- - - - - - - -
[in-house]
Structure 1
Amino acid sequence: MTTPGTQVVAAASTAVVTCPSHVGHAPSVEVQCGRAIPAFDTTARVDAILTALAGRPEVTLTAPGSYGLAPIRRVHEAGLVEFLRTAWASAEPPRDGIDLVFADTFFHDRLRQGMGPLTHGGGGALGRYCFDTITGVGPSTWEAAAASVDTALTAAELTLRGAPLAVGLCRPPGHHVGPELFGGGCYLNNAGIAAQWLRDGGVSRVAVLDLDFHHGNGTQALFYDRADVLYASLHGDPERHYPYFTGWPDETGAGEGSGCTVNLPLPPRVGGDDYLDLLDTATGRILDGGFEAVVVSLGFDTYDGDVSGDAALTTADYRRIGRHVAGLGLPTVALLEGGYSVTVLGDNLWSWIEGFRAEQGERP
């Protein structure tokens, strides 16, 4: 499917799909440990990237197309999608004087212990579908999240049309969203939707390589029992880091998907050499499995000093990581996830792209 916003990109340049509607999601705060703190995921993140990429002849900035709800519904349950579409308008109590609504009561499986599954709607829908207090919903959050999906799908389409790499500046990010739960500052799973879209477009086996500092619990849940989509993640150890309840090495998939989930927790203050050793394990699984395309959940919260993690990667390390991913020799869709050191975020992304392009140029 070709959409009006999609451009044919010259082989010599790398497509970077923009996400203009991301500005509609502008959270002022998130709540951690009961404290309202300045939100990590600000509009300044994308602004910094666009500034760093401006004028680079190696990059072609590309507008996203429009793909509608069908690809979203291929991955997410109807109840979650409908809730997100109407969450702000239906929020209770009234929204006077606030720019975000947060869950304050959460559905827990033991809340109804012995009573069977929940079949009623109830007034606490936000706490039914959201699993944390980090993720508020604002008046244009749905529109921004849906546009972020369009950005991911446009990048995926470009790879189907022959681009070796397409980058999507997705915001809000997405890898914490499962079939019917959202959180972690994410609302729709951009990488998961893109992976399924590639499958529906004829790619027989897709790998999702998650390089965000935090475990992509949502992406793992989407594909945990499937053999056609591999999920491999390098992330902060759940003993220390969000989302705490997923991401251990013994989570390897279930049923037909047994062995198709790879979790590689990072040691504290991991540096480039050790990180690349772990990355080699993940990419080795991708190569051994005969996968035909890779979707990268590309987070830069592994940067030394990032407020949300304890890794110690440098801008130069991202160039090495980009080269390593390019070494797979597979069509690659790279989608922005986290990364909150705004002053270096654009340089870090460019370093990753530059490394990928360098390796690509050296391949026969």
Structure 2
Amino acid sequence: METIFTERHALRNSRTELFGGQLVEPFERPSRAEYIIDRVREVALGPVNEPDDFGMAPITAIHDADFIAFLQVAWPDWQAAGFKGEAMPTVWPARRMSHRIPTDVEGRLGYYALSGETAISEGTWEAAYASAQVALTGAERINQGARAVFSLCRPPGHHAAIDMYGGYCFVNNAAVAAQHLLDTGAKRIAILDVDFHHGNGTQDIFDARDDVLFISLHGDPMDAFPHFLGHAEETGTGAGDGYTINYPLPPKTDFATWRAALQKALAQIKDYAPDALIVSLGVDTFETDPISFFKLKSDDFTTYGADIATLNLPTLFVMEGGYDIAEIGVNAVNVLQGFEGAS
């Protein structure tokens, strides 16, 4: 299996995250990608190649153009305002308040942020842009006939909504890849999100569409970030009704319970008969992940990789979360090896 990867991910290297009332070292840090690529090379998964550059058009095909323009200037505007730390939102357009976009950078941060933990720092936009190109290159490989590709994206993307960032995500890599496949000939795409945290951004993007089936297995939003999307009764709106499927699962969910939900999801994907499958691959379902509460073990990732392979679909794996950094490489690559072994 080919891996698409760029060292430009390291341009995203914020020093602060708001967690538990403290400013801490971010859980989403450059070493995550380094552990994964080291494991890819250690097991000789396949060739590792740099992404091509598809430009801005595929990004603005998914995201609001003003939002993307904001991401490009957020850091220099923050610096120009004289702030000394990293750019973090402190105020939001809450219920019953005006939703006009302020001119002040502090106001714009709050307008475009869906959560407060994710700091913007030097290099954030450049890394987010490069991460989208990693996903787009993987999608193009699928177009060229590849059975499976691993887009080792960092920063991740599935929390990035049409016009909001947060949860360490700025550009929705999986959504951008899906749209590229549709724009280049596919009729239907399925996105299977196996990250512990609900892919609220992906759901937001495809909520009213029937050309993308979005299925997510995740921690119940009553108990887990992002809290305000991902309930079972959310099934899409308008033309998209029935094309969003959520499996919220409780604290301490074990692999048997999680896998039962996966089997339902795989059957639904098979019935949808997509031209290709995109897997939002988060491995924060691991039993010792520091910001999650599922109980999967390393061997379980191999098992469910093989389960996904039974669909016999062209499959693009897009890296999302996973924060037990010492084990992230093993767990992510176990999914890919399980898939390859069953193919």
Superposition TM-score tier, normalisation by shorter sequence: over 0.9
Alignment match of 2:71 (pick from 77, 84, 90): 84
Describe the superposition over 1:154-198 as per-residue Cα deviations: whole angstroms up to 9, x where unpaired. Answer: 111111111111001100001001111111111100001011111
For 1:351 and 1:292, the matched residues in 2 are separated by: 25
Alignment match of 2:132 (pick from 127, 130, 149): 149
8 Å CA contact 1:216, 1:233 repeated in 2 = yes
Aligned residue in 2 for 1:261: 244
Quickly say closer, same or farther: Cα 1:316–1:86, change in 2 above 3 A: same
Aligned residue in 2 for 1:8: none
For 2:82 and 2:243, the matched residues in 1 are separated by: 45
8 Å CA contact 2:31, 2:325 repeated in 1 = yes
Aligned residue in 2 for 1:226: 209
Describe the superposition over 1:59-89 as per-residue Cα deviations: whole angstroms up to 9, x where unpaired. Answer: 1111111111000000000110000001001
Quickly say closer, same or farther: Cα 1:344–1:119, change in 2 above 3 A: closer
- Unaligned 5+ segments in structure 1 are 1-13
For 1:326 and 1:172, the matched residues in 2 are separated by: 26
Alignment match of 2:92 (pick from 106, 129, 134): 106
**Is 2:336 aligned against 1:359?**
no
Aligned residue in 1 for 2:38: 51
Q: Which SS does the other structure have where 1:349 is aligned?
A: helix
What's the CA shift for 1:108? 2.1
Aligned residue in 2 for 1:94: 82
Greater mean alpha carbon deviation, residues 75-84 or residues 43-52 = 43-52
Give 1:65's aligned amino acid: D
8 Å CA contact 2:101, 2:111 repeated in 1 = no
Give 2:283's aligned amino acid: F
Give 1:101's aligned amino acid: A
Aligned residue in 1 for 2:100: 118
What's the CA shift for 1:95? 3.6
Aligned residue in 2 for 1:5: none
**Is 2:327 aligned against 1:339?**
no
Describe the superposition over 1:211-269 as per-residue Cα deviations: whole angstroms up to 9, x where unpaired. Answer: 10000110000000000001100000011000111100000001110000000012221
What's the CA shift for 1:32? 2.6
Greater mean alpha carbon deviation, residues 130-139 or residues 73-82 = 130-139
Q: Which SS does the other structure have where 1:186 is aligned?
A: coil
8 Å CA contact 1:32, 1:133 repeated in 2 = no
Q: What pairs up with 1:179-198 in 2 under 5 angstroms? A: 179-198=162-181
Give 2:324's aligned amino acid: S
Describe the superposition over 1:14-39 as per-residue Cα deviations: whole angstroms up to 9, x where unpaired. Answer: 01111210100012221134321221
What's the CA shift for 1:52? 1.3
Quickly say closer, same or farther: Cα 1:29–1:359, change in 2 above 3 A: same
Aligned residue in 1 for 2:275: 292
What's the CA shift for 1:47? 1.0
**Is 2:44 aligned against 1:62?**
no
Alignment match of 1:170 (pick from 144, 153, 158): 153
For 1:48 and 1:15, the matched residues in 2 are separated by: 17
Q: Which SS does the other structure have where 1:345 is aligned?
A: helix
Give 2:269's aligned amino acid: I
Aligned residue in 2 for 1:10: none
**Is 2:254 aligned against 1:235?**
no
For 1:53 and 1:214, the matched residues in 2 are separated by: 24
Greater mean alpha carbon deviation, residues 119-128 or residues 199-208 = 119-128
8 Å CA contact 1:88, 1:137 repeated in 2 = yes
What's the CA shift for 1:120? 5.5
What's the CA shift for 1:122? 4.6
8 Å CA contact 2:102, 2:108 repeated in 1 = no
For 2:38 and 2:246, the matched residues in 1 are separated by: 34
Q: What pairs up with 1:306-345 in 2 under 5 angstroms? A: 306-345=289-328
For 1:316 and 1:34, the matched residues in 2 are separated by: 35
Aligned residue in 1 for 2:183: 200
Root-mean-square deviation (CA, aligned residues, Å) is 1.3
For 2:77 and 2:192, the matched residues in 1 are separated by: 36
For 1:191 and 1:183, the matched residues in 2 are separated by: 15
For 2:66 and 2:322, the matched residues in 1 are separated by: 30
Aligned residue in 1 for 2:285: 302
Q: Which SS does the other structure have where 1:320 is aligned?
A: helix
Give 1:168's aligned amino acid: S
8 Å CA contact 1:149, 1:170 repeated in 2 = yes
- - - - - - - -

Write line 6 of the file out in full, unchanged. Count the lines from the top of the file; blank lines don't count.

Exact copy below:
Amino acid sequence: METIFTERHALRNSRTELFGGQLVEPFERPSRAEYIIDRVREVALGPVNEPDDFGMAPITAIHDADFIAFLQVAWPDWQAAGFKGEAMPTVWPARRMSHRIPTDVEGRLGYYALSGETAISEGTWEAAYASAQVALTGAERINQGARAVFSLCRPPGHHAAIDMYGGYCFVNNAAVAAQHLLDTGAKRIAILDVDFHHGNGTQDIFDARDDVLFISLHGDPMDAFPHFLGHAEETGTGAGDGYTINYPLPPKTDFATWRAALQKALAQIKDYAPDALIVSLGVDTFETDPISFFKLKSDDFTTYGADIATLNLPTLFVMEGGYDIAEIGVNAVNVLQGFEGAS